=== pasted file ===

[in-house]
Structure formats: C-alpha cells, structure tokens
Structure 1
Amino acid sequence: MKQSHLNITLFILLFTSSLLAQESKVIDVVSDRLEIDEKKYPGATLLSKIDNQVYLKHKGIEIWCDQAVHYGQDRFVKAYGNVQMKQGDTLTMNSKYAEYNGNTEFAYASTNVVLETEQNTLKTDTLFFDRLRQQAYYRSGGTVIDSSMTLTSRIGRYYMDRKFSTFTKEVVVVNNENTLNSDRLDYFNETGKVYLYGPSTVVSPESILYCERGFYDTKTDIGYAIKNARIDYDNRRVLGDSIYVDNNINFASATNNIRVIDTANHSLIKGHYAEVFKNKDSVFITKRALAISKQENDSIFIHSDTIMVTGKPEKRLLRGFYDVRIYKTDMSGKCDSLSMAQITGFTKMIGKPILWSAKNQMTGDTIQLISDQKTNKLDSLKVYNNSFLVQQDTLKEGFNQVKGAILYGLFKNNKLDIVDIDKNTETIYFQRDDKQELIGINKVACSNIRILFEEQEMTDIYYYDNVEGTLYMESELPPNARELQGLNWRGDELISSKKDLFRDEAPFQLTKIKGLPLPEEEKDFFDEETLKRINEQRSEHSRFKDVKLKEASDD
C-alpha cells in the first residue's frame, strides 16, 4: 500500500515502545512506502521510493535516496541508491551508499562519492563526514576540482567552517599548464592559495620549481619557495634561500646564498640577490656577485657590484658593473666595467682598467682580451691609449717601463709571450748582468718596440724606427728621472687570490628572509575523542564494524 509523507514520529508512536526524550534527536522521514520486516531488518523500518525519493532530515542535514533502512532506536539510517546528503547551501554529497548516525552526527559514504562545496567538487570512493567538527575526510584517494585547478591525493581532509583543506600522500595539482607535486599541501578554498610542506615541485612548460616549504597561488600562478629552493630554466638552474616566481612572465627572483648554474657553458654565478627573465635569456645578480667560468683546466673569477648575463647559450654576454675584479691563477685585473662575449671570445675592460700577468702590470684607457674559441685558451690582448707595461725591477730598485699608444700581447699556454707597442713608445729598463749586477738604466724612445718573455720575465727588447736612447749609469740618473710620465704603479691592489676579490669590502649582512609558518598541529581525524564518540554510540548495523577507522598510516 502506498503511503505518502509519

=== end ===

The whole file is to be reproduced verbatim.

[in-house]
Structure formats: C-alpha cells, structure tokens
Structure 1
Amino acid sequence: MKQSHLNITLFILLFTSSLLAQESKVIDVVSDRLEIDEKKYPGATLLSKIDNQVYLKHKGIEIWCDQAVHYGQDRFVKAYGNVQMKQGDTLTMNSKYAEYNGNTEFAYASTNVVLETEQNTLKTDTLFFDRLRQQAYYRSGGTVIDSSMTLTSRIGRYYMDRKFSTFTKEVVVVNNENTLNSDRLDYFNETGKVYLYGPSTVVSPESILYCERGFYDTKTDIGYAIKNARIDYDNRRVLGDSIYVDNNINFASATNNIRVIDTANHSLIKGHYAEVFKNKDSVFITKRALAISKQENDSIFIHSDTIMVTGKPEKRLLRGFYDVRIYKTDMSGKCDSLSMAQITGFTKMIGKPILWSAKNQMTGDTIQLISDQKTNKLDSLKVYNNSFLVQQDTLKEGFNQVKGAILYGLFKNNKLDIVDIDKNTETIYFQRDDKQELIGINKVACSNIRILFEEQEMTDIYYYDNVEGTLYMESELPPNARELQGLNWRGDELISSKKDLFRDEAPFQLTKIKGLPLPEEEKDFFDEETLKRINEQRSEHSRFKDVKLKEASDD
C-alpha cells in the first residue's frame, strides 16, 4: 500500500515502545512506502521510493535516496541508491551508499562519492563526514576540482567552517599548464592559495620549481619557495634561500646564498640577490656577485657590484658593473666595467682598467682580451691609449717601463709571450748582468718596440724606427728621472687570490628572509575523542564494524 509523507514520529508512536526524550534527536522521514520486516531488518523500518525519493532530515542535514533502512532506536539510517546528503547551501554529497548516525552526527559514504562545496567538487570512493567538527575526510584517494585547478591525493581532509583543506600522500595539482607535486599541501578554498610542506615541485612548460616549504597561488600562478629552493630554466638552474616566481612572465627572483648554474657553458654565478627573465635569456645578480667560468683546466673569477648575463647559450654576454675584479691563477685585473662575449671570445675592460700577468702590470684607457674559441685558451690582448707595461725591477730598485699608444700581447699556454707597442713608445729598463749586477738604466724612445718573455720575465727588447736612447749609469740618473710620465704603479691592489676579490669590502649582512609558518598541529581525524564518540554510540548495523577507522598510516 502506498503511503505518502509519